Longleat Relief Hospital’s debating society
Longleat near Warminster was one of the first stately homes to answer the country’s call to provide space for the nursing of war casualties.
Longleat Relief Hospital opened its doors on 7 November 1914 to 31 battle-worn Belgian soldiers who had fought to defend West Flanders after the retreat of the British Expeditionary Force. It had 2,044 patients in total.
Soldiers recovered in comfortable surroundings and even enjoyed a full programme of entertainments. The Debating Society met in the Billiard Room (Green Library) every Monday. Participants would engage in lively topics of discussion. The following record of the debates appeared in the Longleat Lyre in October 1916:
Would the war end sooner if America entered? [Vote: no]
Should the Clergy take up Arms? [Vote: yes]
Should rations include Beer? [No record of result]
Should Bachelors be taxed? [Vote: yes]
Should England have conscription after the War? [Vote: no]
Free Trade or Tariff Reform after the War, with special reference to the treatment of Germany. [No record of result]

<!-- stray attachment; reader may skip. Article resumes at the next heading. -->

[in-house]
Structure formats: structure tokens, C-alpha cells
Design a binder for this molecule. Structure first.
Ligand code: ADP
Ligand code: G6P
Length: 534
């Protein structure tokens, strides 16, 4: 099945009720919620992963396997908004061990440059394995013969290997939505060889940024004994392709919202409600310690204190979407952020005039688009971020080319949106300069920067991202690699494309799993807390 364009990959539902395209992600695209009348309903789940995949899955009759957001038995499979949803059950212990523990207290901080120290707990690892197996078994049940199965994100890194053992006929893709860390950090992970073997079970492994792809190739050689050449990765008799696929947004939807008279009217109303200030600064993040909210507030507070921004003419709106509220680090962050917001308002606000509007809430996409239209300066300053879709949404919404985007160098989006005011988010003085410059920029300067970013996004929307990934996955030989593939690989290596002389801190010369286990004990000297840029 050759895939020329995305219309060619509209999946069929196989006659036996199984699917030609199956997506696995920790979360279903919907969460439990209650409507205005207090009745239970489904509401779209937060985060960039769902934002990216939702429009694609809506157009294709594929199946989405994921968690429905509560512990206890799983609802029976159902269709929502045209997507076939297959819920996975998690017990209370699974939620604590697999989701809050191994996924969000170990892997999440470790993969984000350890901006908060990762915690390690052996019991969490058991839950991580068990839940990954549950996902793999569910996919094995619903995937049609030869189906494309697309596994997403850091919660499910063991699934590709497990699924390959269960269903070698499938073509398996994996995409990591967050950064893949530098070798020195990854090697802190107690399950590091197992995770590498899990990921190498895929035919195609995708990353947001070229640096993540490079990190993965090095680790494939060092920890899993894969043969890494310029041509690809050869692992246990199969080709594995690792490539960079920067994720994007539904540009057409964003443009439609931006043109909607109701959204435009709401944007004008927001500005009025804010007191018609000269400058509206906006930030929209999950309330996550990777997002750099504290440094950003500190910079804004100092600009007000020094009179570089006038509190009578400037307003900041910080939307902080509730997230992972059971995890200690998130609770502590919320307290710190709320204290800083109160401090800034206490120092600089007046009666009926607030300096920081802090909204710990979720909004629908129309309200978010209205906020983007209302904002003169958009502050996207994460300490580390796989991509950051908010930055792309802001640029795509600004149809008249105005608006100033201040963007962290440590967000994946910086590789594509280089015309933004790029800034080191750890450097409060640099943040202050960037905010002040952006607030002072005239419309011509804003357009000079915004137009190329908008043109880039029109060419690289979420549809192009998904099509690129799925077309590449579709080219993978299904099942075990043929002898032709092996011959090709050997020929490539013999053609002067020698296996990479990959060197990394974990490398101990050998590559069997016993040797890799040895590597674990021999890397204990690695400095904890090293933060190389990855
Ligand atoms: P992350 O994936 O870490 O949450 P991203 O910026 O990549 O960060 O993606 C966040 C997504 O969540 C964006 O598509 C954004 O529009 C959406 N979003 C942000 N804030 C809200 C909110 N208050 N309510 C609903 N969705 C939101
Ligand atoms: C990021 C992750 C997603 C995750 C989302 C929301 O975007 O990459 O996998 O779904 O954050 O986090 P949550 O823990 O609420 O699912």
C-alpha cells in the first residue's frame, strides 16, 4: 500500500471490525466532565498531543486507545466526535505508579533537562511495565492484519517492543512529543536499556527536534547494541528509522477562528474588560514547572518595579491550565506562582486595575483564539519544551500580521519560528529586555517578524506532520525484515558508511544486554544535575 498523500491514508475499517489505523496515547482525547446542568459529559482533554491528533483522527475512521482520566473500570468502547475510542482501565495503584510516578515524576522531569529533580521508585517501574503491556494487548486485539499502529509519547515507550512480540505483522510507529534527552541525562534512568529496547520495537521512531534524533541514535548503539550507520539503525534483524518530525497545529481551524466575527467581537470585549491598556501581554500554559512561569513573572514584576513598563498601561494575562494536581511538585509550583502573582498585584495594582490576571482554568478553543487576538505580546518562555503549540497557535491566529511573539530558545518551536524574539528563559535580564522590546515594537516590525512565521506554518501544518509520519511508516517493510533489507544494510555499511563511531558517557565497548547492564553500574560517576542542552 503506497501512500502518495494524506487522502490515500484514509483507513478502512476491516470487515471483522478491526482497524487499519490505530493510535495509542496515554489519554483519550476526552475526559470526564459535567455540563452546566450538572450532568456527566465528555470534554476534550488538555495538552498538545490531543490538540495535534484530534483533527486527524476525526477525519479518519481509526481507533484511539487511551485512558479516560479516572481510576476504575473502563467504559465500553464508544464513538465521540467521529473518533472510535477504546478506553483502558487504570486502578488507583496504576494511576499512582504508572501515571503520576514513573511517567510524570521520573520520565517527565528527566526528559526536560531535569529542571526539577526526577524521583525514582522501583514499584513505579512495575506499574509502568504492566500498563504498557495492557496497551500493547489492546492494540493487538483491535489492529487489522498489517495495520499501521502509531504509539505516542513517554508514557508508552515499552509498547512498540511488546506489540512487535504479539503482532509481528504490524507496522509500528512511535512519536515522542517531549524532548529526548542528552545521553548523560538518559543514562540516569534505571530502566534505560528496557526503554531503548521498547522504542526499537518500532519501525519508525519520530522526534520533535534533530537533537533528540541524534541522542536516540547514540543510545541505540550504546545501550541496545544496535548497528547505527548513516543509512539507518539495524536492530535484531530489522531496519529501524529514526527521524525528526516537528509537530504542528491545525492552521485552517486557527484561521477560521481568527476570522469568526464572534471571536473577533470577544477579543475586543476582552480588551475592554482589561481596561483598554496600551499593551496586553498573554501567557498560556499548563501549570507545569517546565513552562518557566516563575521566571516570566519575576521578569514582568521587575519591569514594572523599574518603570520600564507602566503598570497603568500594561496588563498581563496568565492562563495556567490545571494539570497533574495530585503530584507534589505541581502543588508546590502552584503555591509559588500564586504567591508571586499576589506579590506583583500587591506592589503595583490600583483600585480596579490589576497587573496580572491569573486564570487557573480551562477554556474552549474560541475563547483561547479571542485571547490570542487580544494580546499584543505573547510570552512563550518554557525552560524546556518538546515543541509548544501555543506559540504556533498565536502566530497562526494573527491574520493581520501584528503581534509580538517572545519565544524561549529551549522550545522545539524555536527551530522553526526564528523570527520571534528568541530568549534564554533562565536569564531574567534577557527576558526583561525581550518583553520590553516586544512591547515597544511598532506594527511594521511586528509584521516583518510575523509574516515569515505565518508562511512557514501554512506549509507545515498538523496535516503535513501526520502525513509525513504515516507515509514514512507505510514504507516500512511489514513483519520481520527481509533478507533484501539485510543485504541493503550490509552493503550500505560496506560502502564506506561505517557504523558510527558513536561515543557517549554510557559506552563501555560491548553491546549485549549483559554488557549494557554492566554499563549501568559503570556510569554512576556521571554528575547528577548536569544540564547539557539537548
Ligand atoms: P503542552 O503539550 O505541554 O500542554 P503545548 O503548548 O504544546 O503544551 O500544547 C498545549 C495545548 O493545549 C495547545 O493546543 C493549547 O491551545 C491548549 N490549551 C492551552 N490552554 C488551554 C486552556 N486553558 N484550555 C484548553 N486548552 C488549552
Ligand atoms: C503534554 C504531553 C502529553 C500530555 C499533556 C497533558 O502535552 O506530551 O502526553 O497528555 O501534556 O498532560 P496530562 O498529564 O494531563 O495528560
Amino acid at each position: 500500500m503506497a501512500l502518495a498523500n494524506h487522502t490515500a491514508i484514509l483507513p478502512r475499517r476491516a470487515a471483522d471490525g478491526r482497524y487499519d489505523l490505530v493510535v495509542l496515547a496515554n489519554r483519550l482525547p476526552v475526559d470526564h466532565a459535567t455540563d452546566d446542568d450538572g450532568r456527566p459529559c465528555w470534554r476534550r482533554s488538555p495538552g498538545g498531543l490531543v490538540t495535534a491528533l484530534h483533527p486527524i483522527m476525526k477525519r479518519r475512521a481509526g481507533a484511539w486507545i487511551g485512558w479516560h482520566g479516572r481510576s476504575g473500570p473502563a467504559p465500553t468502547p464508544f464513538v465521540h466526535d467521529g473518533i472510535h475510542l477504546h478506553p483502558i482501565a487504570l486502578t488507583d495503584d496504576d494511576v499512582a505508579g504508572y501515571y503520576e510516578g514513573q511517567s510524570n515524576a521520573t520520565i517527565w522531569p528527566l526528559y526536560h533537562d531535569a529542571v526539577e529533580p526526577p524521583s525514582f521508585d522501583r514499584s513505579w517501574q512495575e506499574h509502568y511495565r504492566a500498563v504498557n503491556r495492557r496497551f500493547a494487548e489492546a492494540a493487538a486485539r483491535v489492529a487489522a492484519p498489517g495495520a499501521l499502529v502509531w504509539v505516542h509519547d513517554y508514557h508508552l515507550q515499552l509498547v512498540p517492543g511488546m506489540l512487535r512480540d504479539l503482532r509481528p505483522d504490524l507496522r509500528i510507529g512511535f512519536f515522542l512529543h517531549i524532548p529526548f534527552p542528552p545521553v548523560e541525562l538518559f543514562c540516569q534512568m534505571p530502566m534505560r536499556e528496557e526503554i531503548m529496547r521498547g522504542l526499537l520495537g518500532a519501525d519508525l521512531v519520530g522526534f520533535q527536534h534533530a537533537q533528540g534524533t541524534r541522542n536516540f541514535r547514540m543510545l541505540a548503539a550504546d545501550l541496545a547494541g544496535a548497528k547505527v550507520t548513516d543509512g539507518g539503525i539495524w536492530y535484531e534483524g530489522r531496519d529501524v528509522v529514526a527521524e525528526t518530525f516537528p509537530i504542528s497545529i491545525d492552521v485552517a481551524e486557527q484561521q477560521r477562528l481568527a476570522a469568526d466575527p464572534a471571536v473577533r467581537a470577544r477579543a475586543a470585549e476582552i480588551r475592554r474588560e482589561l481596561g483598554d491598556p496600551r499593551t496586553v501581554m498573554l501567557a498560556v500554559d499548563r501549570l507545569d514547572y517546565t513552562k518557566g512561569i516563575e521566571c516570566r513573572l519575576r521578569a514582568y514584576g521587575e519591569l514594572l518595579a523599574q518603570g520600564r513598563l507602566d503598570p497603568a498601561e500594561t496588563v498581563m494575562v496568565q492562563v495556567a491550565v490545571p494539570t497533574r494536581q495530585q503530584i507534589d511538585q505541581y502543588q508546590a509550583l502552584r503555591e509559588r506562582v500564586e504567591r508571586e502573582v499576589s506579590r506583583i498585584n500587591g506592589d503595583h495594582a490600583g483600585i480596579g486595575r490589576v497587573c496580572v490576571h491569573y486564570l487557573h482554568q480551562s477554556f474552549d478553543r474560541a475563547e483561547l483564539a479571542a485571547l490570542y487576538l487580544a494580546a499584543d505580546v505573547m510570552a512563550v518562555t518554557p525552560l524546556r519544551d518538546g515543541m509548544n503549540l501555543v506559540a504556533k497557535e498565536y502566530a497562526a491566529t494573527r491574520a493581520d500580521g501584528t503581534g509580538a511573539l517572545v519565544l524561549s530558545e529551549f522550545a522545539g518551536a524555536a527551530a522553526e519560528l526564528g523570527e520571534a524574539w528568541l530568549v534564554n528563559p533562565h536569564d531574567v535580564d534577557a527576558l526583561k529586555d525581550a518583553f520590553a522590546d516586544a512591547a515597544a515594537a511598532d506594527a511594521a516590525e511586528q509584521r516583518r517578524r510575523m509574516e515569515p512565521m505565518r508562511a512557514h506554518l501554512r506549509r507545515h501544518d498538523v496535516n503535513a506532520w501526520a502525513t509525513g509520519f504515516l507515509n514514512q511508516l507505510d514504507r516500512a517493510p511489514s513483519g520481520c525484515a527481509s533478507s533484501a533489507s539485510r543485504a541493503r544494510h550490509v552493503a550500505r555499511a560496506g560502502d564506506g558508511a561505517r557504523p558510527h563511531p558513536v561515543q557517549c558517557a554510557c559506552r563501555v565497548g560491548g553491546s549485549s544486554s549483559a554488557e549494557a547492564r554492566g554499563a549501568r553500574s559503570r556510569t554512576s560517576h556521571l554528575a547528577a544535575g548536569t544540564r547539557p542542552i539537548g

Is England Winning? [No record of result]
Should German music be abolished during the war and after? [Vote: no]
There were four trained nurses at the hospital and the rest were VADs (administered by the British Red Cross and the Order of St John). The trained nurses had loose hanging veils. Sometimes the VAD nurses sewed crosses on their aprons.
Three grown children of the Thynne family contributed to the war effort.
Lady Emma Thynne worked as a Lathe Turner in a Munitions Factory in Kent. She preferred this to nursing.
Lady Kathleen Thynne was secretary of Longleat Hospital for the duration of the war. She also went to work at the YMCA canteen in Abbeville, N.France, serving troops (Sep & Dec 1916).
John Alexander Thynne, 9th Viscount of Weymouth gave his life at Vermelles, aged just 21. He would’ve been the 6th Marquess. He is buried at Vermelles.